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Lecture

CLA219H1 Lecture Notes - Tom Lehrer, Fellatio, High Culture


Department
Classics
Course Code
CLA219H1
Professor
Regina Höschele

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CLA 219 – WOMEN IN ANTIQUITY R. HÖSCHELE 10/02/12
WOMEN IN ART AND POETRY
**Midterm will cover everything up to the last class before it
-Know the authors, the titles of the works, especially the BIG ones (most discussed
in class)
-Know the passages
-Know roughly the dates of the sources
-Definition, ID characters, passages (with question)
Peplos Kore
-Ca. 520 BC.
-Peplos = type of garment
-Kore ~ Persephone (trans., “Maiden”)
-From the archaic period – found in the Acropolis
oArt is not very dynamic, stiff
oArchaic smile – lips slightly upturned in the corners (mysterious?)
oMust’ve been holding something – an offering or a spear
oOne foot forward
oOnce painted
-Scholars unclear of what their function is
oIdeal feminine figure? Representative of health, grace
oGeneric image of aristocratic womanhood
oRepresented worshippers of Athena or the goddess herself
-Male version called Kouroi – often naked as opposed to its fully clothed female
counterpart (Archaic art)
**Our sense of what antiquity is is conditioned by how thay have come down to us
-If statues have survived with their paints intact, we would’ve thought that painted
statues are the norm instead of the monochromatic ones
-But statues were polychromous in antiquity – paint just didn’t survive
oPolychromy = multicoloured
Archaic Kouroi
-Naked
-Stiff posture
-One foot forward, hands by their
side
-Archaic smile
-Small genitals
-Ideal male form (archaic period)
**Slides of the reconstructed polychromous statues
-Lion from Loutraki (near Corinth), ca. 550 BC
-Statue of Paris on the West pediment of the Aphaia-temple (Aigina)
oPainted as if he’s of Eastern origins (i.e., Trojans depicted as foreigners)
oPainted clothes were patterned and very detailed
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-Armoured Athena with snake-head tasseled cloak (brightly patterned and very
detailed)
-Augustus of Prima Porta – the one in which he is formally armored with a cupid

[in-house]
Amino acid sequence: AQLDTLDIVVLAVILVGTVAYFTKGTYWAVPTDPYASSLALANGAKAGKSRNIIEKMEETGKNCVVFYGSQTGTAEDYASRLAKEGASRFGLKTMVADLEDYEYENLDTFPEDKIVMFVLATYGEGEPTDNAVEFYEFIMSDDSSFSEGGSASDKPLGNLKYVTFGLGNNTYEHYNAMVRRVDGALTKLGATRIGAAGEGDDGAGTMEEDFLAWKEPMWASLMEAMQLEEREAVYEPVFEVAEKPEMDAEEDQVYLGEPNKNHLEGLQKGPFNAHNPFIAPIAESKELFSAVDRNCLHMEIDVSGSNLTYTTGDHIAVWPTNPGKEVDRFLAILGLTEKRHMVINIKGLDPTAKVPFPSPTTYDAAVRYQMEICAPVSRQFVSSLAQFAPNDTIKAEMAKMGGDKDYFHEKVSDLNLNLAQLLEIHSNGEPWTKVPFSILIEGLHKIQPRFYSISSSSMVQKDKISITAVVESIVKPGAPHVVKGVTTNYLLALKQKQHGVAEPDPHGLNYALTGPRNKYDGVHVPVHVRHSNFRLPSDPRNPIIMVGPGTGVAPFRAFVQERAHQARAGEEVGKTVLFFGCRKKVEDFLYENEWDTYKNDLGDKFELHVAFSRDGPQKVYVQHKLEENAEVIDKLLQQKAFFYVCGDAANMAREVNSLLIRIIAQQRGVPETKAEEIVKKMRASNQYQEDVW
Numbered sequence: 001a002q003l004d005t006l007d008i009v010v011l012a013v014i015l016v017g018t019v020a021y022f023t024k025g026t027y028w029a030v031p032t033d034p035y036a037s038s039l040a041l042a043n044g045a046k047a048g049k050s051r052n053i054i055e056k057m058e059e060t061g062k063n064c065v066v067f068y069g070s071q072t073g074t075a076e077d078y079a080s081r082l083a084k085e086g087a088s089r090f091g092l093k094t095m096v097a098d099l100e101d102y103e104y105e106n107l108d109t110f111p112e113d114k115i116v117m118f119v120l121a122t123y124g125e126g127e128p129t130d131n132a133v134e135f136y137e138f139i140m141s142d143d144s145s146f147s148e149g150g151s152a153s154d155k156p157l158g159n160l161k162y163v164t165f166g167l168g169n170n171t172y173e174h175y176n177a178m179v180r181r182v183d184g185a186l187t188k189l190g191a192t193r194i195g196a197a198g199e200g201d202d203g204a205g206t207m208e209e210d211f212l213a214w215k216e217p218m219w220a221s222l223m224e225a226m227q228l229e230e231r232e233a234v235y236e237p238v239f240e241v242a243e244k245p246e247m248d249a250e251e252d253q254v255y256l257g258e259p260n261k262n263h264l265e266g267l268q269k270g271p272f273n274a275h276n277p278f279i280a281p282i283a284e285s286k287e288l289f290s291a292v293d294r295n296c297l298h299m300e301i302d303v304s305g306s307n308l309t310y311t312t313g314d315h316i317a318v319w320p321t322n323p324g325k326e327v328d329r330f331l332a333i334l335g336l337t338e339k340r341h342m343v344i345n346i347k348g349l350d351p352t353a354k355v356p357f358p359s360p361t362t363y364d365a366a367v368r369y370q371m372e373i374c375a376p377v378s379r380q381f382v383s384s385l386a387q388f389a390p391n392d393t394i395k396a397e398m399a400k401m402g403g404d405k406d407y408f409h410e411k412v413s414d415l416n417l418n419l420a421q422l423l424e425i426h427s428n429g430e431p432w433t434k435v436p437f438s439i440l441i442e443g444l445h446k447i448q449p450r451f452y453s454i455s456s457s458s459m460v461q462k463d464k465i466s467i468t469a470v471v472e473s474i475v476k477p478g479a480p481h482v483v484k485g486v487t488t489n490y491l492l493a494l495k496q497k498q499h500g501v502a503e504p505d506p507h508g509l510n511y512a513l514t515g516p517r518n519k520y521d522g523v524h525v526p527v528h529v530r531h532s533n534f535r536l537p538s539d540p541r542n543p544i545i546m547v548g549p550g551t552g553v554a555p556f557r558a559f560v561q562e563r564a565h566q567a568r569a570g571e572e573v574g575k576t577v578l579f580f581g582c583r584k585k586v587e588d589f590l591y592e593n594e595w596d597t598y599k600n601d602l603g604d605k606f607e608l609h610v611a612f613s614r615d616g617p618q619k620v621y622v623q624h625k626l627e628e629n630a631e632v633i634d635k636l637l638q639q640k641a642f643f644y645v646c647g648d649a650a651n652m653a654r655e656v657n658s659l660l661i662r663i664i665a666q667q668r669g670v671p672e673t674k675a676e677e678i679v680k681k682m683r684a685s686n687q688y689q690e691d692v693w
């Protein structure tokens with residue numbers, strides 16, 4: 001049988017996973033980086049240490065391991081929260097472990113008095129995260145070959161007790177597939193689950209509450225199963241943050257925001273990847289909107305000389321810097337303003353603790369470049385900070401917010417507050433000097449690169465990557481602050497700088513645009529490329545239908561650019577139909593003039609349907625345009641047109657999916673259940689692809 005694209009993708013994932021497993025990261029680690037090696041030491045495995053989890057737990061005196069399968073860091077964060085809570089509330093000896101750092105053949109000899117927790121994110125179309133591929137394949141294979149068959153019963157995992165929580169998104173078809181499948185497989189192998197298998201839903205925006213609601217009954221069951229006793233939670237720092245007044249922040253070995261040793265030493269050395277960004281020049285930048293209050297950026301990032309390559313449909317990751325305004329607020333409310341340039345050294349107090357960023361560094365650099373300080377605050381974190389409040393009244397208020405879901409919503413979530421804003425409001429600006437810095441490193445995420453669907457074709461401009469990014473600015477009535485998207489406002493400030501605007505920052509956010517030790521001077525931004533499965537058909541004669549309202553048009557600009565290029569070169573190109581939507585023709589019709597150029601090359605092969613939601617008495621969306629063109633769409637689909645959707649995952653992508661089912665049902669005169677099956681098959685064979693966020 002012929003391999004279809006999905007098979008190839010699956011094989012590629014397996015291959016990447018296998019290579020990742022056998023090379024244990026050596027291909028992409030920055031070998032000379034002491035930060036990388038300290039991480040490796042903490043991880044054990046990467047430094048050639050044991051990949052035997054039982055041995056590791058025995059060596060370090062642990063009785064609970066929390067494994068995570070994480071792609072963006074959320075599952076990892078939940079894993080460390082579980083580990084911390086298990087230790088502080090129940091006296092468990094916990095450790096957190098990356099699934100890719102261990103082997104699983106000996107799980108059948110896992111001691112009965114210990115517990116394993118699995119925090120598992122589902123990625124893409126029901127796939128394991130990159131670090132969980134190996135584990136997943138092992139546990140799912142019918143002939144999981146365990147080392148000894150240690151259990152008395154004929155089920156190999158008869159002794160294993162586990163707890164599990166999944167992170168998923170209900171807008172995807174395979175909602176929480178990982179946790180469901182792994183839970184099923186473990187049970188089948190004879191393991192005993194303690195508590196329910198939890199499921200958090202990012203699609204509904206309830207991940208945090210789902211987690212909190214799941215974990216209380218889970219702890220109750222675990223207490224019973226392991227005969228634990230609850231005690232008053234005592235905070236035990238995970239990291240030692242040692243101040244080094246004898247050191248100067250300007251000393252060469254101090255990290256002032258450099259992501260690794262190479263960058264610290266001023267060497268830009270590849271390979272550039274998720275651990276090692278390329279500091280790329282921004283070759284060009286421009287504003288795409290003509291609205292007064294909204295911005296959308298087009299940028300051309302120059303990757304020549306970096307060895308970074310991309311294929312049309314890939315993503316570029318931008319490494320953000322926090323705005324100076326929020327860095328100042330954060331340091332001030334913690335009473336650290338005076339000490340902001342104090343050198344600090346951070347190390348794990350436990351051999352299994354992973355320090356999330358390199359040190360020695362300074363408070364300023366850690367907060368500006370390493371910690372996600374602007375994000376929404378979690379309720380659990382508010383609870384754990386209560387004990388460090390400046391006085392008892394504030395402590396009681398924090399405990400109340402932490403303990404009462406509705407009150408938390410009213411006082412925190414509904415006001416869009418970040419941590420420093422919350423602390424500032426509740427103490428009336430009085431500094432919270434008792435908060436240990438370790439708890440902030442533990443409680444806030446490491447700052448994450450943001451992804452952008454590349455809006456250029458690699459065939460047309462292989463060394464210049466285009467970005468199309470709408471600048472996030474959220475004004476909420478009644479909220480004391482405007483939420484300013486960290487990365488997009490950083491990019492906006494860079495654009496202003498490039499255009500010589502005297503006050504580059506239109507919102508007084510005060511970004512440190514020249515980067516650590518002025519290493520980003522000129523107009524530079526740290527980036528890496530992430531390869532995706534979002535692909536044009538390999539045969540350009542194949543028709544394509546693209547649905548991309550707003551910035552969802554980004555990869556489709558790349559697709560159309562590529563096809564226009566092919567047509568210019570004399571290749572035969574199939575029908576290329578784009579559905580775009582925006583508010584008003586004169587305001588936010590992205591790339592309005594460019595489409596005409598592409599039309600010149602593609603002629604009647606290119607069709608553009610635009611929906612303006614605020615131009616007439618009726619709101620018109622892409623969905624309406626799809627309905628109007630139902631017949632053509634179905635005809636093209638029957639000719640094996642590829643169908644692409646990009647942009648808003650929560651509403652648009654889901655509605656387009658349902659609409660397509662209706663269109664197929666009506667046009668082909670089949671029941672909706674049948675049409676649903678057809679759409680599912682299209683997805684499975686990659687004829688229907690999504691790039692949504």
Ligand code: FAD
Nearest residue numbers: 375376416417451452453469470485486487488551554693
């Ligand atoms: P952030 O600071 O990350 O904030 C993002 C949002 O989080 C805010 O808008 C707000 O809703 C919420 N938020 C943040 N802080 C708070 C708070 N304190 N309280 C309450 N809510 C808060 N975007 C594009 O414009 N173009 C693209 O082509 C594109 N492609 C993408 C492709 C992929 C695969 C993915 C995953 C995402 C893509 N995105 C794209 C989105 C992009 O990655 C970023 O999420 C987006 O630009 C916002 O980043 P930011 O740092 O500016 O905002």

and a dolphin at his heels
-Funerary statue of Phrasiklea, ca. 540 BC.
oFound in 1972
oIncludes epigram that honours dead girl – most likely an aristocrat
oFirst time – earliest evidence of a statue and an epigram found together
oPut up in the grave of the girl then later buried
A tyrant’s return prompted its burial for preservation
oEpigram
“I, Phrasiklea’s sema, shall always be called girl, having received
this name from the gods instead of marriage.”
-Elegiac poem – elegy = songs of mourning, lamentation
oElegy later related to love themes
-Epigram – funerary or votive fucntions; inscribed on the objects
oDisassociated with this function and used by poets for themes like love and
werenot inscribed
-Sema – sign, symbol or a grave/tomb – neuter word
oStands for something else
oSoma sema – body as a tomb
The spirit trapped in earthly life
-This means Phrasiklea died a maiden and will forever be a maiden
oDeemed something positive
oBelief - maiden bride for Hades
-Kore statues used to mark graves of girls
-Phrasiklea’s name
oKleos (Homer) – fame bestowed upon one by bards and poets (literary
fame)
Greek concept of everlasting fame (because people speak of you)
oOne to whom fame is of concern = Phrasiklea
-Phrasiklea remembered forever through epigram and statue
-Flower = lotus – identified with the fire in the body, rekindled – open and close =
blossoming
-Premature death prevented one to be a wife – carrying the blossom, which is an
emblem of marriage, instead
oI.e., maiden did not achieve “full bloom” that marriage brings
-Roman copy of Praxiteles’ Cnidian Aphrodite (4th c. BC)
oAnonymous epigram:
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